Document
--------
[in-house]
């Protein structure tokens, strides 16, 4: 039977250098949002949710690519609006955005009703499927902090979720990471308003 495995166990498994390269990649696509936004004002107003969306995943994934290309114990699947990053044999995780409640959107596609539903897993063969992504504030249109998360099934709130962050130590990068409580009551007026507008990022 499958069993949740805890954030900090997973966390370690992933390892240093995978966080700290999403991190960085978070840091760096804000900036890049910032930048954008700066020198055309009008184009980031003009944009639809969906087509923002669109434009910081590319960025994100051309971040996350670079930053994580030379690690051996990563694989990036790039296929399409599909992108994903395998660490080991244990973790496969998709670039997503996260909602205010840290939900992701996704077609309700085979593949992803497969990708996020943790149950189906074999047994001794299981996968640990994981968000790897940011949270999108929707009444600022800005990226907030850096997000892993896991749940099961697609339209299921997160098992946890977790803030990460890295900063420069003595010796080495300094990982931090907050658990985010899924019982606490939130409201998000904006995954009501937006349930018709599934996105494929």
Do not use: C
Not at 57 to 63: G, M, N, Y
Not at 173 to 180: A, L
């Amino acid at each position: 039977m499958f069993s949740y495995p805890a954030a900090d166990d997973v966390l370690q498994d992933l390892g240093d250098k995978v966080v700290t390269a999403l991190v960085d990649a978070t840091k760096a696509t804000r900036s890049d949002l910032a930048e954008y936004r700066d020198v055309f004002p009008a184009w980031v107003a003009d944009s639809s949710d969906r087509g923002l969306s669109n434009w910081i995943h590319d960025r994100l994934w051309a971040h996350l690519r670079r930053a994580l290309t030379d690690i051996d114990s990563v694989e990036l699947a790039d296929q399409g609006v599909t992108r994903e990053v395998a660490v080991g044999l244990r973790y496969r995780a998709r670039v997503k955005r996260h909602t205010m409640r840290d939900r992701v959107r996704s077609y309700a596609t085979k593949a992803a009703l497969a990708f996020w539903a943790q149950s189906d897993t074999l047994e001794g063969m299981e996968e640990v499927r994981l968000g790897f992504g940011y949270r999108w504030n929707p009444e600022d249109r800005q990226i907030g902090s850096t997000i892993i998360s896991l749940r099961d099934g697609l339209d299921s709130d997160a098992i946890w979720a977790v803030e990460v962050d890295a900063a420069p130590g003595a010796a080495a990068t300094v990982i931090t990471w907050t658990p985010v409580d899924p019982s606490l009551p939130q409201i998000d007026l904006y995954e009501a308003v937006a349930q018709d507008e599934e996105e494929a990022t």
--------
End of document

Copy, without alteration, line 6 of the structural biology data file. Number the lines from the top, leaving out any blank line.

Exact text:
């Amino acid at each position: 039977m499958f069993s949740y495995p805890a954030a900090d166990d997973v966390l370690q498994d992933l390892g240093d250098k995978v966080v700290t390269a999403l991190v960085d990649a978070t840091k760096a696509t804000r900036s890049d949002l910032a930048e954008y936004r700066d020198v055309f004002p009008a184009w980031v107003a003009d944009s639809s949710d969906r087509g923002l969306s669109n434009w910081i995943h590319d960025r994100l994934w051309a971040h996350l690519r670079r930053a994580l290309t030379d690690i051996d114990s990563v694989e990036l699947a790039d296929q399409g609006v599909t992108r994903e990053v395998a660490v080991g044999l244990r973790y496969r995780a998709r670039v997503k955005r996260h909602t205010m409640r840290d939900r992701v959107r996704s077609y309700a596609t085979k593949a992803a009703l497969a990708f996020w539903a943790q149950s189906d897993t074999l047994e001794g063969m299981e996968e640990v499927r994981l968000g790897f992504g940011y949270r999108w504030n929707p009444e600022d249109r800005q990226i907030g902090s850096t997000i892993i998360s896991l749940r099961d099934g697609l339209d299921s709130d997160a098992i946890w979720a977790v803030e990460v962050d890295a900063a420069p130590g003595a010796a080495a990068t300094v990982i931090t990471w907050t658990p985010v409580d899924p019982s606490l009551p939130q409201i998000d007026l904006y995954e009501a308003v937006a349930q018709d507008e599934e996105e494929a990022t």